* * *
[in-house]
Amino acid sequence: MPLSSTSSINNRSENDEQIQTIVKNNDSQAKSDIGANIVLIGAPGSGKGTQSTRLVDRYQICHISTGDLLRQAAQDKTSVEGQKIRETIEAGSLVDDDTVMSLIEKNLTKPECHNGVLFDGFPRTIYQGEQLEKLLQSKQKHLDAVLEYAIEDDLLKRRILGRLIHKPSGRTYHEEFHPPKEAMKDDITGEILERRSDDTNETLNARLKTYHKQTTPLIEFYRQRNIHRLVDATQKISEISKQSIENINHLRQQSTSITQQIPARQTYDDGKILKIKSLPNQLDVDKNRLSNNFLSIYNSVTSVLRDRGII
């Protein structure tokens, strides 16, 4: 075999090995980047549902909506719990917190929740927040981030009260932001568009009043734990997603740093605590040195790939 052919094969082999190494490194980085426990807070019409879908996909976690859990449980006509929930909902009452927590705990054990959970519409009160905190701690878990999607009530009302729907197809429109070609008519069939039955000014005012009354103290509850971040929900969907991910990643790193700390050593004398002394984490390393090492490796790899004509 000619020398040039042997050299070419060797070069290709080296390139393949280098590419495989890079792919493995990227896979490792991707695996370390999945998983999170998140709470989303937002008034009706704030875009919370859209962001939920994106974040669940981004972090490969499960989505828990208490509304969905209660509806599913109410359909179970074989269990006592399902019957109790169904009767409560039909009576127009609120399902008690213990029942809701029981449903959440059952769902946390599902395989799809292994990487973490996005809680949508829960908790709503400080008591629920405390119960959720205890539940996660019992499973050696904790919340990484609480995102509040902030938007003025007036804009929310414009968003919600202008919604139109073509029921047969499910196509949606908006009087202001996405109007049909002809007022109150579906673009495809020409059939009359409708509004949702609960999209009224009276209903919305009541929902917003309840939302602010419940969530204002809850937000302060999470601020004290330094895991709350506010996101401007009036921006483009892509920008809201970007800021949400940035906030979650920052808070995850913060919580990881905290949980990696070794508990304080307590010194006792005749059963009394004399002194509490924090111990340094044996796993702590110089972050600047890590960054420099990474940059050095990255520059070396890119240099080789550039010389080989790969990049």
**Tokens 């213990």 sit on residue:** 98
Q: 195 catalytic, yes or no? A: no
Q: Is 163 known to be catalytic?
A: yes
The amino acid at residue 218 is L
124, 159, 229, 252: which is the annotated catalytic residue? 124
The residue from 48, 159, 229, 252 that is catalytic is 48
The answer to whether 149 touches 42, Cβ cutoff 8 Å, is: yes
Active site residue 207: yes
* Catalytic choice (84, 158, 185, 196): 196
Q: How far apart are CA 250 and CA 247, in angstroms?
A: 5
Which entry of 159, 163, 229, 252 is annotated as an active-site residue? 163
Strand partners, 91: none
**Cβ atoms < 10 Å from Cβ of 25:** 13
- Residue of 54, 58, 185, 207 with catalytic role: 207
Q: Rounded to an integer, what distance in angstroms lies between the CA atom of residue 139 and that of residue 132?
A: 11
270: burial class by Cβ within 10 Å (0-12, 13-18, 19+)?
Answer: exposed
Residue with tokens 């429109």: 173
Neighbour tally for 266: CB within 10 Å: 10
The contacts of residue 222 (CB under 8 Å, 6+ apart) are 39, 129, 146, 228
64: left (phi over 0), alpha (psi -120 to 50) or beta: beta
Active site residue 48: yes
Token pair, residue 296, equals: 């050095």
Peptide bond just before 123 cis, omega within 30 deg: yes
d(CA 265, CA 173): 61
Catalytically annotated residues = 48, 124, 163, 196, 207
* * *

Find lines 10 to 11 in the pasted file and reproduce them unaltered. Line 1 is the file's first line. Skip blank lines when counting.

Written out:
The residue from 48, 159, 229, 252 that is catalytic is 48
The answer to whether 149 touches 42, Cβ cutoff 8 Å, is: yes